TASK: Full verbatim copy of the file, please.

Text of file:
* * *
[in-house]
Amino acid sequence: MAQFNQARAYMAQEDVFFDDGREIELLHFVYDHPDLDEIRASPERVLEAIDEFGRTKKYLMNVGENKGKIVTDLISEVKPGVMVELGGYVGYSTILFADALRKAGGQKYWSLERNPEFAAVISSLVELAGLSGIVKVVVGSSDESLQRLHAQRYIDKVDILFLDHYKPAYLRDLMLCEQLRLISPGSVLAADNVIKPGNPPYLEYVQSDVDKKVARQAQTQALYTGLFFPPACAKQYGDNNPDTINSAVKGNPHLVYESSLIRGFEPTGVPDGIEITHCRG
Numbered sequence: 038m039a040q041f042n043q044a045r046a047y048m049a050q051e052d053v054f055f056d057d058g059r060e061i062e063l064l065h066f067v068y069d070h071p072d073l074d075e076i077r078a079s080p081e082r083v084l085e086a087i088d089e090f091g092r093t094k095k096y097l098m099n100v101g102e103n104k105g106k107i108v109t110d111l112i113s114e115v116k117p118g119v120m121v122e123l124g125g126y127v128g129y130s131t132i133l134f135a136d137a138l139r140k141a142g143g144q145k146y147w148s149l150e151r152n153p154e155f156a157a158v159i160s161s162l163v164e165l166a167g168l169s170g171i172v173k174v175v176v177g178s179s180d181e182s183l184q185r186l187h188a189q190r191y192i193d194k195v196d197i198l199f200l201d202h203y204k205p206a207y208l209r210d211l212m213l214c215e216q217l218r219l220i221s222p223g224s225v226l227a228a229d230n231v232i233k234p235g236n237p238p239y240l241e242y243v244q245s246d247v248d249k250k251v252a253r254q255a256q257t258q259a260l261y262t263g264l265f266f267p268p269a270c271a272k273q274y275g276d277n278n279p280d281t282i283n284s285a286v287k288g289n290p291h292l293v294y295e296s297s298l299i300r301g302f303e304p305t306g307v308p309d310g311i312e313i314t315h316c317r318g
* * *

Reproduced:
[in-house]
Amino acid sequence: MAQFNQARAYMAQEDVFFDDGREIELLHFVYDHPDLDEIRASPERVLEAIDEFGRTKKYLMNVGENKGKIVTDLISEVKPGVMVELGGYVGYSTILFADALRKAGGQKYWSLERNPEFAAVISSLVELAGLSGIVKVVVGSSDESLQRLHAQRYIDKVDILFLDHYKPAYLRDLMLCEQLRLISPGSVLAADNVIKPGNPPYLEYVQSDVDKKVARQAQTQALYTGLFFPPACAKQYGDNNPDTINSAVKGNPHLVYESSLIRGFEPTGVPDGIEITHCRG
Numbered sequence: 038m039a040q041f042n043q044a045r046a047y048m049a050q051e052d053v054f055f056d057d058g059r060e061i062e063l064l065h066f067v068y069d070h071p072d073l074d075e076i077r078a079s080p081e082r083v084l085e086a087i088d089e090f091g092r093t094k095k096y097l098m099n100v101g102e103n104k105g106k107i108v109t110d111l112i113s114e115v116k117p118g119v120m121v122e123l124g125g126y127v128g129y130s131t132i133l134f135a136d137a138l139r140k141a142g143g144q145k146y147w148s149l150e151r152n153p154e155f156a157a158v159i160s161s162l163v164e165l166a167g168l169s170g171i172v173k174v175v176v177g178s179s180d181e182s183l184q185r186l187h188a189q190r191y192i193d194k195v196d197i198l199f200l201d202h203y204k205p206a207y208l209r210d211l212m213l214c215e216q217l218r219l220i221s222p223g224s225v226l227a228a229d230n231v232i233k234p235g236n237p238p239y240l241e242y243v244q245s246d247v248d249k250k251v252a253r254q255a256q257t258q259a260l261y262t263g264l265f266f267p268p269a270c271a272k273q274y275g276d277n278n279p280d281t282i283n284s285a286v287k288g289n290p291h292l293v294y295e296s297s298l299i300r301g302f303e304p305t306g307v308p309d310g311i312e313i314t315h316c317r318g